Mom is best described as a stubborn health nut—when I was a kid, she'd rather have me burn off germs with a good, natural fever than take Tylenol. But one day this summer a fever hit her, and it didn't let up for nine days. When her home remedies weren't bringing relief, she went to a physician and discovered that her iron levels were severely low, so low that her immune system was down and open to a small bug, which wouldn't leave without a week of swigs of Floradix, a liquid iron supplement she'd used in the past for moderate upkeep or rare occasions like this.
There had never been an occasion so dire, and the cause came as a shock, even to her doctor. A few select foods—healthy foods in any other light (including herbal tea) —were in fact depleting her iron levels. This realization was overwhelming for her, not unlike legendary mathematician John Nash finding out he'd lost his mind, all the while thinking he was on the brink of brilliance.
Americans eagerly jump and sway between diets, adjusting to each political-environmental debacle and the latest nutritional findings. But whether you are vegetarian, carnivorous, vegan, or wheat-free, there are still core nutrient levels that your body needs to maintain, and one of the most common nutritional imbalances is iron deficiency. Affecting at least 20 percent of American women, this form of anemia is defined as "a chronic state of diminished hemoglobin" —the oxygen-transporting component of red blood cells— "caused by a lack of iron, or poor absorption of iron." This comes straight from nutritionist Dr. Linda Page's Healthy Healing, Mom's most dog-eared alternative health book.
Hardcore meat eaters may call vegetarians weak lettuce lovers, but few realize that red meat, although it builds muscle, is not actually any better a source of iron than greens.
Without enough iron, the body becomes fatigued—in extreme cases, to the point of compromised cognition and speech. But we all get tired, so without routine blood tests, many people don't even realize their iron levels are low until they get indirect symptoms like a fever, and by then levels are dangerously low. If the condition goes untreated, they can need blood transfusions.
Mom didn't get that far, but she was close. Before the summer, her run-ins with iron deficiency moderately waxed and waned but were ultimately maintained by Floradix. Her midwife had introduced her to the magic stuff during her pregnancy, when women are particularly vulnerable, but she first discovered she was anemic at age 14. This was in the 1960s, when kids were told to eat their spinach—remember Popeye the sailor? He nearly smoked the stuff through his pipe. It's no wonder he fancied a girl named Olive Oyl and adopted her daughter Swee'Pea; together, they align in an iron vortex of dark leafy greens, legumes, and extracted plant fat.
A common misconception comes with equating iron with protein. Hardcore meat eaters may call vegetarians weak lettuce lovers, but few realize that red meat, although it builds muscle, is not actually any better a source of iron than greens. Red meat also contains a different form of iron ("heme") that the body can over-absorb, as opposed to that found in dark greens ("non-heme"). When taking in spinach, our bodies can tell when we've had enough iron (the rest gets filtered out), but iron from meat gets absorbed much more quickly and doesn't stop; this is a possible cause of heart disease.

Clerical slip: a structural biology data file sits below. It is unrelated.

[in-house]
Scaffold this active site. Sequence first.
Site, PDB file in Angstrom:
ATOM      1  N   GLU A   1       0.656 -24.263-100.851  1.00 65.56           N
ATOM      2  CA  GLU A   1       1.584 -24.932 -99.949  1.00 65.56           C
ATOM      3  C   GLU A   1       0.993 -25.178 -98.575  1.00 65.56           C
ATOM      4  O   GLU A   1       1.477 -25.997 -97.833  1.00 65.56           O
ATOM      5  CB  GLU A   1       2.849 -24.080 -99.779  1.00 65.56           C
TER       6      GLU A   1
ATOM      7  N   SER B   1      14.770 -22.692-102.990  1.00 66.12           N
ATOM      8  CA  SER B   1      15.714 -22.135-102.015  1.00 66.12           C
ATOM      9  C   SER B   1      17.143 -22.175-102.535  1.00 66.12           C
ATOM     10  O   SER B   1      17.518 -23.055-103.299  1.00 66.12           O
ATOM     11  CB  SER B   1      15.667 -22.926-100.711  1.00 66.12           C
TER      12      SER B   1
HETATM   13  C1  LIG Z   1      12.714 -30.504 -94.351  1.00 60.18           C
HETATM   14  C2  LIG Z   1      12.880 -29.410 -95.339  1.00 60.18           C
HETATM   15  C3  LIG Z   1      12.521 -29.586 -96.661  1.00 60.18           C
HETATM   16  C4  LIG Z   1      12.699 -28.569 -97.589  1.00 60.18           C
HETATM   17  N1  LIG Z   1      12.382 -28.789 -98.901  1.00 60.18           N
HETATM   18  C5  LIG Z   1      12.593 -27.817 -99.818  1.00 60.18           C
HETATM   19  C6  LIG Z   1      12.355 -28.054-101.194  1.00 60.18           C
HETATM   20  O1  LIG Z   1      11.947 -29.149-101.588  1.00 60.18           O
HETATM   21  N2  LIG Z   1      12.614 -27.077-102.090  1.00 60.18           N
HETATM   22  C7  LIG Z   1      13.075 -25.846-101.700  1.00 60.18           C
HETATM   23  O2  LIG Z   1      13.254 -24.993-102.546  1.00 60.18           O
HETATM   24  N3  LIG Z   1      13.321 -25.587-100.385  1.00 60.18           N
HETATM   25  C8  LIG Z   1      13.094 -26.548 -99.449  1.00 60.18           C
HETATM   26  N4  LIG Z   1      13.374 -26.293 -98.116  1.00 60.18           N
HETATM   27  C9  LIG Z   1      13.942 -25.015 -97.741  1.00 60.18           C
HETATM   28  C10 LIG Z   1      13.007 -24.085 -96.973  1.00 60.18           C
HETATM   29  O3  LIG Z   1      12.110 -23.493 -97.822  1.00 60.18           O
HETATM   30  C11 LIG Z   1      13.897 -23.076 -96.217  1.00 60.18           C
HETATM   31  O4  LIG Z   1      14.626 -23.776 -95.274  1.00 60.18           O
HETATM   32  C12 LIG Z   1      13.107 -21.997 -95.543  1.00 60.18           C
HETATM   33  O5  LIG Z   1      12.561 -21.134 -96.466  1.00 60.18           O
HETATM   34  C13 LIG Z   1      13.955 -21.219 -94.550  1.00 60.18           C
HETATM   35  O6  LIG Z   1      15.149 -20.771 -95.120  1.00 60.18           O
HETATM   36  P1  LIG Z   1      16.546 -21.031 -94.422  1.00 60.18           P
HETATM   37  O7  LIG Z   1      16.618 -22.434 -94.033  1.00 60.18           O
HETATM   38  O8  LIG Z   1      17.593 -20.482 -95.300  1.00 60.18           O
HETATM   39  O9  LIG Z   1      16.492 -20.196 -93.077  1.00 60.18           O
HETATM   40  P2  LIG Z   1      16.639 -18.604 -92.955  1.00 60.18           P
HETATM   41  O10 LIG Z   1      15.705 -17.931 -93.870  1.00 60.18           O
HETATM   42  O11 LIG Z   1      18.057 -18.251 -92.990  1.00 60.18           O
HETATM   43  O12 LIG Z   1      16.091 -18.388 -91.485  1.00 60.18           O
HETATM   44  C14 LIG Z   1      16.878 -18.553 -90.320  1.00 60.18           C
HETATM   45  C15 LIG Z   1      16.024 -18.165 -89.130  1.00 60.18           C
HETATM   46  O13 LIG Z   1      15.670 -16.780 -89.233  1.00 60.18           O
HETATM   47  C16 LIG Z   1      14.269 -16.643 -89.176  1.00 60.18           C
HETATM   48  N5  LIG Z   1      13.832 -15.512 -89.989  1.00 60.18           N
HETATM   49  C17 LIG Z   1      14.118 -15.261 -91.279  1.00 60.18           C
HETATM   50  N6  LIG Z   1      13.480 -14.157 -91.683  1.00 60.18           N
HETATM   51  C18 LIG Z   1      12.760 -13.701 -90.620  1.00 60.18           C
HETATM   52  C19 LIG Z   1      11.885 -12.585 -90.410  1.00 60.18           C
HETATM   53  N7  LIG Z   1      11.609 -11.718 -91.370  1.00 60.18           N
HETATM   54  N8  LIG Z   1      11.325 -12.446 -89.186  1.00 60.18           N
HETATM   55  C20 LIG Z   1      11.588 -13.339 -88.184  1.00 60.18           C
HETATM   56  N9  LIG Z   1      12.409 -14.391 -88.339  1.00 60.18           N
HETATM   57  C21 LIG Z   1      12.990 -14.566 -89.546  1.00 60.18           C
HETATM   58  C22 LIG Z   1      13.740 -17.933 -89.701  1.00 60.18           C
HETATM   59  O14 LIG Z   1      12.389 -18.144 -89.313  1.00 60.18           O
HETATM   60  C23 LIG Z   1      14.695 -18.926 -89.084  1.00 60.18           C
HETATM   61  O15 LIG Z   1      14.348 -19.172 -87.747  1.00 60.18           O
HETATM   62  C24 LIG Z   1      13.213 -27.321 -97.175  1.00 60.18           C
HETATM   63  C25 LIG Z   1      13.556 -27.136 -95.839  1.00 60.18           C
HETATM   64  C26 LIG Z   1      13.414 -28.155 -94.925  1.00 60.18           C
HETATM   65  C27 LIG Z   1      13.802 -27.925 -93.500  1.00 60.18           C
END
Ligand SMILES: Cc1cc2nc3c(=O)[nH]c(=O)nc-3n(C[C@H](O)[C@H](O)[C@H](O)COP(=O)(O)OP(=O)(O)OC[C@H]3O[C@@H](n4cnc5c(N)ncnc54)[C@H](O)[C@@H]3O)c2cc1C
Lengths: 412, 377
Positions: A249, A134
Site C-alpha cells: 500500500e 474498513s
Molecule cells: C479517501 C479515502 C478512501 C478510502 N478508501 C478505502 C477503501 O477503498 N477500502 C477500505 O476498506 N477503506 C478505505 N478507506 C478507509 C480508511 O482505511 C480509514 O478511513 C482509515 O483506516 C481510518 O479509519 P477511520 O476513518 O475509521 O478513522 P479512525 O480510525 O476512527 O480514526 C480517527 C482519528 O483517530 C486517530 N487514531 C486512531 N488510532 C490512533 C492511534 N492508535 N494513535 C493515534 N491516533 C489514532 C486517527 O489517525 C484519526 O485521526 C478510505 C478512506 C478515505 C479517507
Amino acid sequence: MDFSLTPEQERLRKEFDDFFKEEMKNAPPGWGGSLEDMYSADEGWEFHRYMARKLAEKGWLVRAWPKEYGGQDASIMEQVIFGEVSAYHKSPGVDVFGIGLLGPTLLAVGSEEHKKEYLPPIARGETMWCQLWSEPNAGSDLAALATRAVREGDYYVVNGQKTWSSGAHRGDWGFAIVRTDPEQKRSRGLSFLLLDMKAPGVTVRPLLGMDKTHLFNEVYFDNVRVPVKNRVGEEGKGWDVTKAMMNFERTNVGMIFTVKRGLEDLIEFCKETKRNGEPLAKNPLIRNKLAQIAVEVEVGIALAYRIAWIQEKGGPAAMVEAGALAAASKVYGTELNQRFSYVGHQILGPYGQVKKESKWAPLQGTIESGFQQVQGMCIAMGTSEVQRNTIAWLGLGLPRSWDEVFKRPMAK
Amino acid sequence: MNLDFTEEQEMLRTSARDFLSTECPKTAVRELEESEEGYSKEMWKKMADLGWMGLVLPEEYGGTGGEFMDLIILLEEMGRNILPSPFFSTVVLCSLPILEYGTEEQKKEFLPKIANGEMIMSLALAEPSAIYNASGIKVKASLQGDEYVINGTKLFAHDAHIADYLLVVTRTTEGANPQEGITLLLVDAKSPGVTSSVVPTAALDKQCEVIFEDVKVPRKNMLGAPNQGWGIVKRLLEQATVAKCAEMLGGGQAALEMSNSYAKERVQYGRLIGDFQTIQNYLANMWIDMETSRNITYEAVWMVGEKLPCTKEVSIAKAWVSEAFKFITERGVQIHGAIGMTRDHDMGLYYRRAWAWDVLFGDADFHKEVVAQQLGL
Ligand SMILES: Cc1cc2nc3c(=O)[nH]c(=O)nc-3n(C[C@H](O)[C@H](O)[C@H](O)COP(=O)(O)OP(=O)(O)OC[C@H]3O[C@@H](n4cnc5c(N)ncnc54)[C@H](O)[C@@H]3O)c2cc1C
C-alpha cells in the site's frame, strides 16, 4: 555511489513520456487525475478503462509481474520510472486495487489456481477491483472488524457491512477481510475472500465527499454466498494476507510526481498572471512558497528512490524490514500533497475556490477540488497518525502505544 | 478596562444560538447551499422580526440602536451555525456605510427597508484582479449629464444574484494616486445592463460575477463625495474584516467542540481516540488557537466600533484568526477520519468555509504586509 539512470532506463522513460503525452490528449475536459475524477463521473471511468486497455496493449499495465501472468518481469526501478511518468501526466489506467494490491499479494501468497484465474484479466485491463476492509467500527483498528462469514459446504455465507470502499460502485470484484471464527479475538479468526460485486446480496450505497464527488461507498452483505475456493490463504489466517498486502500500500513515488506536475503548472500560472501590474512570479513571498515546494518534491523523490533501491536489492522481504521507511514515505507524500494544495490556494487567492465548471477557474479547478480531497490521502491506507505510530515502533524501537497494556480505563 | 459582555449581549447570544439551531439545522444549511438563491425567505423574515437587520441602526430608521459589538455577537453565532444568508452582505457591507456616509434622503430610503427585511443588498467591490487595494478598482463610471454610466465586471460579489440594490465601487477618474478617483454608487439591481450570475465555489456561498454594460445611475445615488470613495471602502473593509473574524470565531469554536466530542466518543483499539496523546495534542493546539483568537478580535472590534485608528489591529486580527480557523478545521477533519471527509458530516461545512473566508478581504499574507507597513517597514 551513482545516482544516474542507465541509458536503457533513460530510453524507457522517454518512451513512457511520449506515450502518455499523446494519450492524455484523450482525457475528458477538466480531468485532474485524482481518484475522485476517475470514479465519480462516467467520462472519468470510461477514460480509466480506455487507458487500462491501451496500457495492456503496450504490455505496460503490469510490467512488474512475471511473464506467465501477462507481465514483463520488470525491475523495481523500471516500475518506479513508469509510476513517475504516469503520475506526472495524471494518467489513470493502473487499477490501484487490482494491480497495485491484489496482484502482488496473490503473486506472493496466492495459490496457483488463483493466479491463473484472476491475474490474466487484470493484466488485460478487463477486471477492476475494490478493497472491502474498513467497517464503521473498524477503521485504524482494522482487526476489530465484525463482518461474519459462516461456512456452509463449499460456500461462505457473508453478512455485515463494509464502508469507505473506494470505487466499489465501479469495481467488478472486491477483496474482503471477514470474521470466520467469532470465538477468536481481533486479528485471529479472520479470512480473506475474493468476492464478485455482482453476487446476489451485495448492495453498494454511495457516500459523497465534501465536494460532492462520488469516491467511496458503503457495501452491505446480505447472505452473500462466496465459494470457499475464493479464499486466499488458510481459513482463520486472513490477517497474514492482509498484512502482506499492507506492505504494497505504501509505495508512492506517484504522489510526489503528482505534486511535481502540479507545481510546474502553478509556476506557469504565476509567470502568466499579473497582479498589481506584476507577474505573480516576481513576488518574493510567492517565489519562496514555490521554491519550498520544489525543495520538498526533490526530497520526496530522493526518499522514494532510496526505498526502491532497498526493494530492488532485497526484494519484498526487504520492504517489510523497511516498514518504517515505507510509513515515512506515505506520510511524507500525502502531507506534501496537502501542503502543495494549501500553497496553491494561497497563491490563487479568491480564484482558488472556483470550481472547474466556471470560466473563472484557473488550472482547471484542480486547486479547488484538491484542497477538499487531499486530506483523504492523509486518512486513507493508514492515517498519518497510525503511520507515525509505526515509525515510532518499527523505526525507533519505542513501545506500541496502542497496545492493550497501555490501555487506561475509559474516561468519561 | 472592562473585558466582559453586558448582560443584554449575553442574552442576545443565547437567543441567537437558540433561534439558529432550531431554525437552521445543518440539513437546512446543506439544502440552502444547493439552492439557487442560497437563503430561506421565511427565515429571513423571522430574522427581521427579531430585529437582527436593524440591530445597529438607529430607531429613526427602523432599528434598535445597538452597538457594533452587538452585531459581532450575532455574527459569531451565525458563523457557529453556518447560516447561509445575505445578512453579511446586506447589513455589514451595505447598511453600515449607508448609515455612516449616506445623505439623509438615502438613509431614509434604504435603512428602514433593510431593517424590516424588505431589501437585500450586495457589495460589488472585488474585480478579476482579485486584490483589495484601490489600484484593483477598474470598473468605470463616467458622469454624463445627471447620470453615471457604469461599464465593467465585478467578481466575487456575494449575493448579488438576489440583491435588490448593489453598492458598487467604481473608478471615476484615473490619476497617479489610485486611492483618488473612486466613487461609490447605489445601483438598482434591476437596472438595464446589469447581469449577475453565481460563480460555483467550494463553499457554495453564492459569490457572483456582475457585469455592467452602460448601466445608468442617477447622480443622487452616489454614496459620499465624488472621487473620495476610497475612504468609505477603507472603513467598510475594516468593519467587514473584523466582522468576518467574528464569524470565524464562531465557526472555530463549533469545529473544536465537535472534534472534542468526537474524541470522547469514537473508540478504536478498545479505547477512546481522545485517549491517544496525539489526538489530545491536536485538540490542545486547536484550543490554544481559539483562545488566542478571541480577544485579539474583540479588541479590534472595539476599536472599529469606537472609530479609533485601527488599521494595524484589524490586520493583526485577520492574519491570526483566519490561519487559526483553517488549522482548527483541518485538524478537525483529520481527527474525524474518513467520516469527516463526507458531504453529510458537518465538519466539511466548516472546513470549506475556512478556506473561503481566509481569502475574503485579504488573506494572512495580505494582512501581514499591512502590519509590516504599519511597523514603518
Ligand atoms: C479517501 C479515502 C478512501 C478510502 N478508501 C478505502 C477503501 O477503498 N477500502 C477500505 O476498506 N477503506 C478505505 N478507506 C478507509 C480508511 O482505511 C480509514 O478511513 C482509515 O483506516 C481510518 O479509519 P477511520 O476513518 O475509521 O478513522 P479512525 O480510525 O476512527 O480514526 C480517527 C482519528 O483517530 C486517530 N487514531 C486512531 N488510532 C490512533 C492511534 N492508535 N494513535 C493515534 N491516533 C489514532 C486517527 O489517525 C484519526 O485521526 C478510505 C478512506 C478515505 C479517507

Many other unexpected foods can also deplete the body of iron: soda, cow's milk, chocolate, tea, and coffee. Anything with high tannins (tea) or caffeine content may lend a boost of energy and may even be nutritious in many ways, but ironically, for people prone to iron deficiency, large amounts of these foods and drinks can actually block cells from absorbing a full dose of iron. During the early stages of Mom's fever, I stressed that she drink tea with Echinacea, an herb thought to boost the immune system. Silly me. I might as well have given her cyanide.
While Mom lay on the couch with no concrete dietary recommendations from her doctor (he prescribed iron pills), she and I searched through alternative medical books and drafted a grocery list. In addition to spinach (most effective when eaten raw or lightly cooked), I searched the aisles for whole grains, brown rice, beets, almonds, dried fruit, bananas, oranges, pineapple, broccoli, green peppers, beans, cruciferous vegetables (like Brussels sprouts), and cultured foods like soy, kefir, and yogurt. If she weren't vegan, I would have also picked up eggs, seafood (especially clams or oysters), and organ meats like chicken livers. As well as iron-rich food, the body also needs food that will help it absorb the iron: those containing manganese, vitamin C, and potassium. Within a week, Mom was back to normal.
Most important, don't wait till a crash. Shuffle these items into a daily diet or at least give them some weekly spots. Feeling particularly low? Take a shot of Floradix, available in the supplement aisle at most health food stores, the nearest Whole Foods Market included. Its combination of highly soluble iron, vitamins B and C, and herbal extracts allow for an estimated 25-percent absorption rate over iron pills' 2 to 10 percent. As with any supplement, though, Floradix should not replace a healthy diet. However, Popeye-advised or not, it is good to have around.